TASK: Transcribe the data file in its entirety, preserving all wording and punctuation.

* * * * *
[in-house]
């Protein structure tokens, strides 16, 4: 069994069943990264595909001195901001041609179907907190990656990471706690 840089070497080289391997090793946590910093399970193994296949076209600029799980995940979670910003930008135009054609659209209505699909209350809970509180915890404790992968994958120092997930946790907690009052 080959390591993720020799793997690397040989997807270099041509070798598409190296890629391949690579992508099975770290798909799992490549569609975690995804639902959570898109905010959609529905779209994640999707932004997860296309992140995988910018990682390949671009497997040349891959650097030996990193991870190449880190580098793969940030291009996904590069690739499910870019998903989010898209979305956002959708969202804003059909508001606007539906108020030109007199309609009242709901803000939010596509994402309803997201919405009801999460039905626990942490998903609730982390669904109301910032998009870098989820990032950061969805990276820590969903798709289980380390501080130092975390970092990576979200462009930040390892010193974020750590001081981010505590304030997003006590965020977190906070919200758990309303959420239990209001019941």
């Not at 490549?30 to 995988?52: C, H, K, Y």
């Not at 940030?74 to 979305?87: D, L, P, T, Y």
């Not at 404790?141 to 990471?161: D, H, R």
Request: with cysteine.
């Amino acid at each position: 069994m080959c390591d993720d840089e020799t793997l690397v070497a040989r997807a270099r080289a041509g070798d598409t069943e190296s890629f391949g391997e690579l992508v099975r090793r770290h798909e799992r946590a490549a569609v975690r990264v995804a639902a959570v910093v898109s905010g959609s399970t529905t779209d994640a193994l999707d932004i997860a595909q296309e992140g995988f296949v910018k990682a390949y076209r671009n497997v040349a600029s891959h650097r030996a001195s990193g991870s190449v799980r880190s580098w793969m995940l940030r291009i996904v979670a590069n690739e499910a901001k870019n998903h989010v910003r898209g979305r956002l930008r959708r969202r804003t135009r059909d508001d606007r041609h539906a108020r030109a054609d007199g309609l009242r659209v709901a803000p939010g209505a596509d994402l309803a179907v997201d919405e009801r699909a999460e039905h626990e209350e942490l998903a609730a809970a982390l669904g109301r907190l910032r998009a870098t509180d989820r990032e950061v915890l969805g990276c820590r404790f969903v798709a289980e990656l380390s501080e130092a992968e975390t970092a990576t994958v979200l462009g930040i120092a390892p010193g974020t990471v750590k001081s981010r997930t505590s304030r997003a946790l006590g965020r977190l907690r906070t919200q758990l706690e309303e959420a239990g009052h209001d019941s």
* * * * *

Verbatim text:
[in-house]
């Protein structure tokens, strides 16, 4: 069994069943990264595909001195901001041609179907907190990656990471706690 840089070497080289391997090793946590910093399970193994296949076209600029799980995940979670910003930008135009054609659209209505699909209350809970509180915890404790992968994958120092997930946790907690009052 080959390591993720020799793997690397040989997807270099041509070798598409190296890629391949690579992508099975770290798909799992490549569609975690995804639902959570898109905010959609529905779209994640999707932004997860296309992140995988910018990682390949671009497997040349891959650097030996990193991870190449880190580098793969940030291009996904590069690739499910870019998903989010898209979305956002959708969202804003059909508001606007539906108020030109007199309609009242709901803000939010596509994402309803997201919405009801999460039905626990942490998903609730982390669904109301910032998009870098989820990032950061969805990276820590969903798709289980380390501080130092975390970092990576979200462009930040390892010193974020750590001081981010505590304030997003006590965020977190906070919200758990309303959420239990209001019941």
């Not at 490549?30 to 995988?52: C, H, K, Y």
């Not at 940030?74 to 979305?87: D, L, P, T, Y």
């Not at 404790?141 to 990471?161: D, H, R």
Request: with cysteine.
């Amino acid at each position: 069994m080959c390591d993720d840089e020799t793997l690397v070497a040989r997807a270099r080289a041509g070798d598409t069943e190296s890629f391949g391997e690579l992508v099975r090793r770290h798909e799992r946590a490549a569609v975690r990264v995804a639902a959570v910093v898109s905010g959609s399970t529905t779209d994640a193994l999707d932004i997860a595909q296309e992140g995988f296949v910018k990682a390949y076209r671009n497997v040349a600029s891959h650097r030996a001195s990193g991870s190449v799980r880190s580098w793969m995940l940030r291009i996904v979670a590069n690739e499910a901001k870019n998903h989010v910003r898209g979305r956002l930008r959708r969202r804003t135009r059909d508001d606007r041609h539906a108020r030109a054609d007199g309609l009242r659209v709901a803000p939010g209505a596509d994402l309803a179907v997201d919405e009801r699909a999460e039905h626990e209350e942490l998903a609730a809970a982390l669904g109301r907190l910032r998009a870098t509180d989820r990032e950061v915890l969805g990276c820590r404790f969903v798709a289980e990656l380390s501080e130092a992968e975390t970092a990576t994958v979200l462009g930040i120092a390892p010193g974020t990471v750590k001081s981010r997930t505590s304030r997003a946790l006590g965020r977190l907690r906070t919200q758990l706690e309303e959420a239990g009052h209001d019941s």